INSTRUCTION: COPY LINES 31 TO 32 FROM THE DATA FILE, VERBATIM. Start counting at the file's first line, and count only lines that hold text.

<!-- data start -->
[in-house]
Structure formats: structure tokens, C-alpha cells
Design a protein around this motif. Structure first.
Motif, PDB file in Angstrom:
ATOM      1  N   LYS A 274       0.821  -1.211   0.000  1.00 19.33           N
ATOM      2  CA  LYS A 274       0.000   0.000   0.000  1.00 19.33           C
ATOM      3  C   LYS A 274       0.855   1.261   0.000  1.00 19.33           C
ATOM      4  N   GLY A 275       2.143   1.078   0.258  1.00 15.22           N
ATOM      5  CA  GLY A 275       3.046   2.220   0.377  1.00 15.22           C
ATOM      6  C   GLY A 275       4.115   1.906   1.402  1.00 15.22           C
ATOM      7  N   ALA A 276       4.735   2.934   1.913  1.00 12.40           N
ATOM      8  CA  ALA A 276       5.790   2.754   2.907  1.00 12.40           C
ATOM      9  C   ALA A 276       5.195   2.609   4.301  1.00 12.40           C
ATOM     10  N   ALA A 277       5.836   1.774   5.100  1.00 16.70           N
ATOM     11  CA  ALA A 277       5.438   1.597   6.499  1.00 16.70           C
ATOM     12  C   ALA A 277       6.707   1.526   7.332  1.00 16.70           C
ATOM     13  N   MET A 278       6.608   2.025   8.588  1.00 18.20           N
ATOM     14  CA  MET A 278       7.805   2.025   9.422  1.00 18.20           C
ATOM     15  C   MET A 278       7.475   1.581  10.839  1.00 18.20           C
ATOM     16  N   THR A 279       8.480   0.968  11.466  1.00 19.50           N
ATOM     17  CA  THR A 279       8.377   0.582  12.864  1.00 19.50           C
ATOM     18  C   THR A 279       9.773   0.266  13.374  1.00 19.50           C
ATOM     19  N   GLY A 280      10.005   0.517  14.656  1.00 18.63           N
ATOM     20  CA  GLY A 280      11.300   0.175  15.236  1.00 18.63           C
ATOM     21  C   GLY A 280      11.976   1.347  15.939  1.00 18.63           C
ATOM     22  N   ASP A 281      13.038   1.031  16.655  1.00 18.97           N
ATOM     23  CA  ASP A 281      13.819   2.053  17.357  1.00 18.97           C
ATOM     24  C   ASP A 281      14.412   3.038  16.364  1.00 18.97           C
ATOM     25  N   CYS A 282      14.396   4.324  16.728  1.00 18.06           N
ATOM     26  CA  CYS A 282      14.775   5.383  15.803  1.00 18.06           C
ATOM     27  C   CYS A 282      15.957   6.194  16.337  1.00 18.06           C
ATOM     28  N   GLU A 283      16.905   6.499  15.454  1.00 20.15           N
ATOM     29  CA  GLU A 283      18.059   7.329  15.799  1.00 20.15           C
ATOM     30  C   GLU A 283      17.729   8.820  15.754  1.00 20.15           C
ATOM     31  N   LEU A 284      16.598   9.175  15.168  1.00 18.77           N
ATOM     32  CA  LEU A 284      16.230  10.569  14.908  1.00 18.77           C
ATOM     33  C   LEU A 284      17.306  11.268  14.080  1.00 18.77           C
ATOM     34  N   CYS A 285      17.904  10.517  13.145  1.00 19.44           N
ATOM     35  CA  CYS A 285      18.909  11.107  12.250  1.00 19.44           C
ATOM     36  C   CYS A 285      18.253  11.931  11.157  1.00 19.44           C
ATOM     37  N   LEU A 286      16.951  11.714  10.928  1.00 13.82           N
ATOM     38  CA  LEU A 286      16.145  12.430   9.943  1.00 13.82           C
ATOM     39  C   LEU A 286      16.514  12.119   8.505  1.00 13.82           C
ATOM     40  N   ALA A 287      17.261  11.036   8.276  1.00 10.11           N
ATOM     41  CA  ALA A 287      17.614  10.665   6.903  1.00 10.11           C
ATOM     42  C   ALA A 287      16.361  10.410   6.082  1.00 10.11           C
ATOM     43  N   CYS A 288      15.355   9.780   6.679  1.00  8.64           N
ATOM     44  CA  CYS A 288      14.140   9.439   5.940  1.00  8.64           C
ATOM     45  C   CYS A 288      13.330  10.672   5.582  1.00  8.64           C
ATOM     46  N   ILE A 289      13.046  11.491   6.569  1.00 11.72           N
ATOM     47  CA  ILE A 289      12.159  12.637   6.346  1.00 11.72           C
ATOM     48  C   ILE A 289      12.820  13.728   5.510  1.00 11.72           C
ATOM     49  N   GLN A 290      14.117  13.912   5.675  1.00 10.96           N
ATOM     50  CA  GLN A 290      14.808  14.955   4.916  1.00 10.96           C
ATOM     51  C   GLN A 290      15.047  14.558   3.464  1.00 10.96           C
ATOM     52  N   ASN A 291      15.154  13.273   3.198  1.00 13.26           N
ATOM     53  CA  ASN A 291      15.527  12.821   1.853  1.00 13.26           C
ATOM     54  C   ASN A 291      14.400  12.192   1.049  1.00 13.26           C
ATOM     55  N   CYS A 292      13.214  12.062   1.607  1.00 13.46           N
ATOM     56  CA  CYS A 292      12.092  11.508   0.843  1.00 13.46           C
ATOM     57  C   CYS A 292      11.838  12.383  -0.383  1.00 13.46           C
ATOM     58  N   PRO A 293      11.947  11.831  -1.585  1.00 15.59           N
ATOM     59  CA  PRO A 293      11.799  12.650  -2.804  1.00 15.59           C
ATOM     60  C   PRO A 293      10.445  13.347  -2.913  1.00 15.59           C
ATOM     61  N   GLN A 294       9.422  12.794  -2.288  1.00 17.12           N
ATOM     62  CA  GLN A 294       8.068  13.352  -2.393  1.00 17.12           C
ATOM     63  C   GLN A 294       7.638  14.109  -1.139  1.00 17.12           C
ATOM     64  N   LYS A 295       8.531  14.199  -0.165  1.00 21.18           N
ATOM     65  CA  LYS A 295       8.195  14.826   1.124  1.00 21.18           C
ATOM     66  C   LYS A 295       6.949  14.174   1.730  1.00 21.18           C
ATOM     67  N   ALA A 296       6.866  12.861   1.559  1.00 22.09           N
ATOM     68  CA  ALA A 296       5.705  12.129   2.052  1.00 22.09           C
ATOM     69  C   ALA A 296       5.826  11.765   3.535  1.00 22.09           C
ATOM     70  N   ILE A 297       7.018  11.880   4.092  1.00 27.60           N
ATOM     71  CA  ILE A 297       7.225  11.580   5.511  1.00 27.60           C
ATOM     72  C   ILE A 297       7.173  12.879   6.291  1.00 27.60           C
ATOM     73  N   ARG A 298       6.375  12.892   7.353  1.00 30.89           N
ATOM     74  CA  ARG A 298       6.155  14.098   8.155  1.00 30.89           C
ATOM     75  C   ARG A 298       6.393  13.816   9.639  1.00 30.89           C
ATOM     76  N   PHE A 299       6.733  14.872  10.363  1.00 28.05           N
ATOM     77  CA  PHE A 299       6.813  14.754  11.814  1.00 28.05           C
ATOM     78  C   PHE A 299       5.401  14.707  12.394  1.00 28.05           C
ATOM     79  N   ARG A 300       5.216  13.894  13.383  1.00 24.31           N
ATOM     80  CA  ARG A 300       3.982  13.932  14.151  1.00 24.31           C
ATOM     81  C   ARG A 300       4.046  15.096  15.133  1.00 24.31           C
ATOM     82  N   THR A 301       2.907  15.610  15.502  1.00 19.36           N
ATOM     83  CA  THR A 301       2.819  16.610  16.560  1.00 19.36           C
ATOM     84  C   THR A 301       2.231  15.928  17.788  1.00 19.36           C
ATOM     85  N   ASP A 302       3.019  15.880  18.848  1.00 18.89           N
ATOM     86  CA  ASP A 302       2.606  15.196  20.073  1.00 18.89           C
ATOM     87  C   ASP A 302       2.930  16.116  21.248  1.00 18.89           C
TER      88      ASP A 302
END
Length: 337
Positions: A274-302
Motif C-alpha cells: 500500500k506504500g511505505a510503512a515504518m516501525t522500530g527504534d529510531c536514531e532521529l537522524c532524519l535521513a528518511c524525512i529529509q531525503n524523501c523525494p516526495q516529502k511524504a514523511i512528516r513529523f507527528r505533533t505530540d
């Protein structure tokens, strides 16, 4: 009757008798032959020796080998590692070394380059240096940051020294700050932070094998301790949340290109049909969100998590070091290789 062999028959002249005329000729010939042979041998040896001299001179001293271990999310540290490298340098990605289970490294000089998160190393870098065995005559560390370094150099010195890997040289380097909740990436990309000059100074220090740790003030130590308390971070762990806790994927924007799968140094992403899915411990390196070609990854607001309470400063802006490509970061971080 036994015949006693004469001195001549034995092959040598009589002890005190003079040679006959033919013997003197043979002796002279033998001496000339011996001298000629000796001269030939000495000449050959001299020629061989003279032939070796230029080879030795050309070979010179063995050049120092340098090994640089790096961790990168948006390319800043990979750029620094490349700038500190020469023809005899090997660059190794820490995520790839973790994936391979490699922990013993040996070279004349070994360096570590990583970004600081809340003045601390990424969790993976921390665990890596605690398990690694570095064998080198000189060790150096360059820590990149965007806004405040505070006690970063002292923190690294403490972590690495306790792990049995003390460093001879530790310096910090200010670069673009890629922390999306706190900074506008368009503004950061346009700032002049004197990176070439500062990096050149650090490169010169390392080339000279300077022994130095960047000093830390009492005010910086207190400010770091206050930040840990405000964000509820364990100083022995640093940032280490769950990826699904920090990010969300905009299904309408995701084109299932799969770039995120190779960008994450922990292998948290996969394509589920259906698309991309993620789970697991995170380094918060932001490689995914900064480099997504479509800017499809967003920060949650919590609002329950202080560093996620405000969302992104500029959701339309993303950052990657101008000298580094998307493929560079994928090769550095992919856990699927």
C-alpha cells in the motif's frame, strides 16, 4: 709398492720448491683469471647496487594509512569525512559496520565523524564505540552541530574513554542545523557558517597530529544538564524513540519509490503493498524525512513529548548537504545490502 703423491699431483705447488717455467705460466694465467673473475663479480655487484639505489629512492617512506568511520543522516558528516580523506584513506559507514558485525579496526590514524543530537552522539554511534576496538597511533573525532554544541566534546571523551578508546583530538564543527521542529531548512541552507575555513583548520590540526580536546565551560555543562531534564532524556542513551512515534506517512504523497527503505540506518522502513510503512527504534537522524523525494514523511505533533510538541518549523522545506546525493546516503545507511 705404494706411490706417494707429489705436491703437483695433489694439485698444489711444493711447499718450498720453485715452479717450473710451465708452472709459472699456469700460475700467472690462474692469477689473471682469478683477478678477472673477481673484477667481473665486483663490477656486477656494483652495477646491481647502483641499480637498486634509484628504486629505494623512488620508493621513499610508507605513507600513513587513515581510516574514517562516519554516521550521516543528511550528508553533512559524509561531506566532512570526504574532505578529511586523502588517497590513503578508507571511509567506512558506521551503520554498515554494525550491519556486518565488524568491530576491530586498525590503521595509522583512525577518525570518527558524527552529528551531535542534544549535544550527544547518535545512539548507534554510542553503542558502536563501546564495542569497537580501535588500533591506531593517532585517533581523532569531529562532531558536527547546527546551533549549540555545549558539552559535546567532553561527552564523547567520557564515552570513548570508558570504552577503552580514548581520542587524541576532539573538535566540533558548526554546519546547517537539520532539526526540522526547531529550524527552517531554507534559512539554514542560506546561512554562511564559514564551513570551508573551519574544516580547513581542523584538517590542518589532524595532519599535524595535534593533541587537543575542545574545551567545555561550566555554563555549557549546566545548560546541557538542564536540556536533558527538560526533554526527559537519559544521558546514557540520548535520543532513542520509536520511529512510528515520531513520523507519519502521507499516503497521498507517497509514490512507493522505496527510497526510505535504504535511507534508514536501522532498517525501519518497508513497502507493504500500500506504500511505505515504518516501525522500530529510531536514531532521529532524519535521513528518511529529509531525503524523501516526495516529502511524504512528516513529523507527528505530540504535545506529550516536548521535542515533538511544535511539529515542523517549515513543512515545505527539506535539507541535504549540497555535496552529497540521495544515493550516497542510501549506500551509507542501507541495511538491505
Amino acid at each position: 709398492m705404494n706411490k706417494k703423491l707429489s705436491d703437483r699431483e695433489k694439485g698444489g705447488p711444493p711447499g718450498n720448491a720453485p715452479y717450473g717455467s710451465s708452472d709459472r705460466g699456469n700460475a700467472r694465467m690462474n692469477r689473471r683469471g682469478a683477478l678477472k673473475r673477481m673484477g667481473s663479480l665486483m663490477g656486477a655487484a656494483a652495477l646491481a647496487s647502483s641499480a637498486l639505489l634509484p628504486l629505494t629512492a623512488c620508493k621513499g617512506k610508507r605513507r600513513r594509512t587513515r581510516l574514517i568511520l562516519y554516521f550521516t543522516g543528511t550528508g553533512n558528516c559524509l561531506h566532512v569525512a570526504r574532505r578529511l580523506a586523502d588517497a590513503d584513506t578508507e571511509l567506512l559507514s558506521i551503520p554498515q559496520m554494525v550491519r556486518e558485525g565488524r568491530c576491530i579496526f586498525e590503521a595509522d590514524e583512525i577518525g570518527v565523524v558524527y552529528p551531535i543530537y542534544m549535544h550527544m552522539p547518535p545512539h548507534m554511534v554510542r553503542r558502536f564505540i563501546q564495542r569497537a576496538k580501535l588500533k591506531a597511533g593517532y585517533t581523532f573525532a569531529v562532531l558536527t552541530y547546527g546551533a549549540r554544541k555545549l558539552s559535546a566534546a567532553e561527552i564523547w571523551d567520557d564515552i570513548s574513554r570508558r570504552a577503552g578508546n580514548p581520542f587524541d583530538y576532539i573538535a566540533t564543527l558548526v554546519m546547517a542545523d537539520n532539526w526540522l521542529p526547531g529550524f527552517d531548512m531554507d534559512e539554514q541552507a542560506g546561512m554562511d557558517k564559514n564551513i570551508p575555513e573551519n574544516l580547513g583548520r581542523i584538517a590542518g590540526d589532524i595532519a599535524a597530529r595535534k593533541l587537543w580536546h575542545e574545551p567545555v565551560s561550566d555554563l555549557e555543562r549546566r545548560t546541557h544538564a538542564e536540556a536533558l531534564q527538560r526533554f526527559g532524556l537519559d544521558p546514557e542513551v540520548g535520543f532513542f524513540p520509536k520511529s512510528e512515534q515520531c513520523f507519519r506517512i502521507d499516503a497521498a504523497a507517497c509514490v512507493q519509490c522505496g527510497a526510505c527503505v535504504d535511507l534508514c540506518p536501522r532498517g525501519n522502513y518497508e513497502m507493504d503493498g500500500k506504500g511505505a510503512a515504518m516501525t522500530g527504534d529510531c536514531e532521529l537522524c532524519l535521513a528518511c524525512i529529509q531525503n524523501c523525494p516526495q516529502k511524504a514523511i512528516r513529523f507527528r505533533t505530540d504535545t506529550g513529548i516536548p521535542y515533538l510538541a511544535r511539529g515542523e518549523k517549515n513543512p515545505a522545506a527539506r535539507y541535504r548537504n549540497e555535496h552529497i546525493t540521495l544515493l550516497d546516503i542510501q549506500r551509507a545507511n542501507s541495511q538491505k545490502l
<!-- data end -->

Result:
ATOM     27  C   CYS A 282      15.957   6.194  16.337  1.00 18.06           C
ATOM     28  N   GLU A 283      16.905   6.499  15.454  1.00 20.15           N